I'm thinking about the TP with an IL coil at 130. GG said that should give me the feel I'm looking for (in a 29").

    I'd like to see the TP's leverage curve.

  23. #23
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    Quote Originally Posted by Miker J View Post
    I'd like to see the TP's leverage curve.
    Is this what you're looking for? Vital MTB Test Sessions

    Bottom of review

  24. #24
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    Quote Originally Posted by Apolonios View Post
    Is this what you're looking for? Vital MTB Test Sessions

    Bottom of review
    Yeah, cool, thanks.

    Nice to see the leverage curve graph.

    Quite a few times during that review they alluded to the ride feeling rather firm.

  25. #25
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    Quote Originally Posted by Miker J View Post
    Quite a few times during that review they alluded to the ride feeling rather firm.
    If you want a plush 120mm bike I don't think the TP is the answer.
    Safe riding,

    Vik
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  26. #26
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    The Vital MTB review ^ is spot on with my experience on the Smash.

    I didn't like the coil on my Smash, I ran a DB Coil and found it firmer and less adaptable than a Deluxe. Perhaps it was the wrong coil, I might have gotten a better ride on a Deluxe Coil.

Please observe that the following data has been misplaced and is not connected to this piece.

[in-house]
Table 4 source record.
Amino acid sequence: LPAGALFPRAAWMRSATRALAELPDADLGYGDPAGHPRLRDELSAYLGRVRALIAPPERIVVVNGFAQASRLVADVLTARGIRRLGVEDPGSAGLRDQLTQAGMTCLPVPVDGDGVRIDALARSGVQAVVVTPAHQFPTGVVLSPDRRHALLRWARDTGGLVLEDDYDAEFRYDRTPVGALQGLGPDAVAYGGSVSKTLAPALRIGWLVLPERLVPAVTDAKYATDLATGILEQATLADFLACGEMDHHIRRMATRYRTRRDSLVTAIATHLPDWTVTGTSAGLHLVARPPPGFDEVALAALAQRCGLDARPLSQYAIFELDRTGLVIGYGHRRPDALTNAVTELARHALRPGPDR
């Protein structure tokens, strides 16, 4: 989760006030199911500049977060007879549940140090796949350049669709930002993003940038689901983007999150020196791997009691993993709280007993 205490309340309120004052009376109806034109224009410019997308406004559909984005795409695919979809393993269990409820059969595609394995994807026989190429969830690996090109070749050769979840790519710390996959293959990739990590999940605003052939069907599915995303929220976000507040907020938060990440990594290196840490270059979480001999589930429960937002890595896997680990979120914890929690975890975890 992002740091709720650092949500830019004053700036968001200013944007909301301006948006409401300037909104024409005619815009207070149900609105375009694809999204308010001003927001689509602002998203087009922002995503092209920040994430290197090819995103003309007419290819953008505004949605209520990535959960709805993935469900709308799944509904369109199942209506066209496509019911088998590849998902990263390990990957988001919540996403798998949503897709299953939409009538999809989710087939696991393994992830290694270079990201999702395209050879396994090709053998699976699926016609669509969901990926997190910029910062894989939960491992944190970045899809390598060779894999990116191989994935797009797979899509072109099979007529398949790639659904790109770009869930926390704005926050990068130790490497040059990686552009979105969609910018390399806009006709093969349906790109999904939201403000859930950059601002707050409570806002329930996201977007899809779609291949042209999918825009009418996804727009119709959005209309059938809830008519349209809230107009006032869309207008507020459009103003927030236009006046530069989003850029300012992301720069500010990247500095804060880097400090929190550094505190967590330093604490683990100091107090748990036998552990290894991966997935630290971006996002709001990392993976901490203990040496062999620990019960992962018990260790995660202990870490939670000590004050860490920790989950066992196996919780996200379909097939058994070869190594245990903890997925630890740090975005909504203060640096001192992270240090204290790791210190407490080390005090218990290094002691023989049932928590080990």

The comment about running a firmer fork to "match" the firm rear suspension is right on, but it's not necessary, sorta depends on how you like to ride; back, centered, forward. I use a TRP Ramp cartridge to adjust feel on the fly; highly recommended.

    In my mind, when I was looking for a new fs bike, I wanted a full suspension version of a my hardtail (Wozo, now a Pedalhead): strong climber, quick, stable at speed. The GG Smash is what I wanted, but that doesn't mean that at time I wish for a cushier ride.

    => You just can't have it all in one bike.

    If you can see the same advertisement as me; on either side of the forum there is an advertisement for Niner bikes, you will see a flat flowy single track on the left and a boulder strewn steel single track on the right. The Smash/TP are designed for the riding on the right (boulders and steep).

    The Vital MTB review is applicable to the Smash.

    From Vital MTB Review of the GG TP:

    "Enough progressivity for a trail bike when in Crush mode at around 22%. In Plush mode the bike becomes more linear with 10% less progression.
    •Plush and Crush mode mostly impact the leverage ratio while other parameters remain similar.
    •Good pedaling efficiency in a 30-tooth chainring with anti-squat values around 110% on most cogs.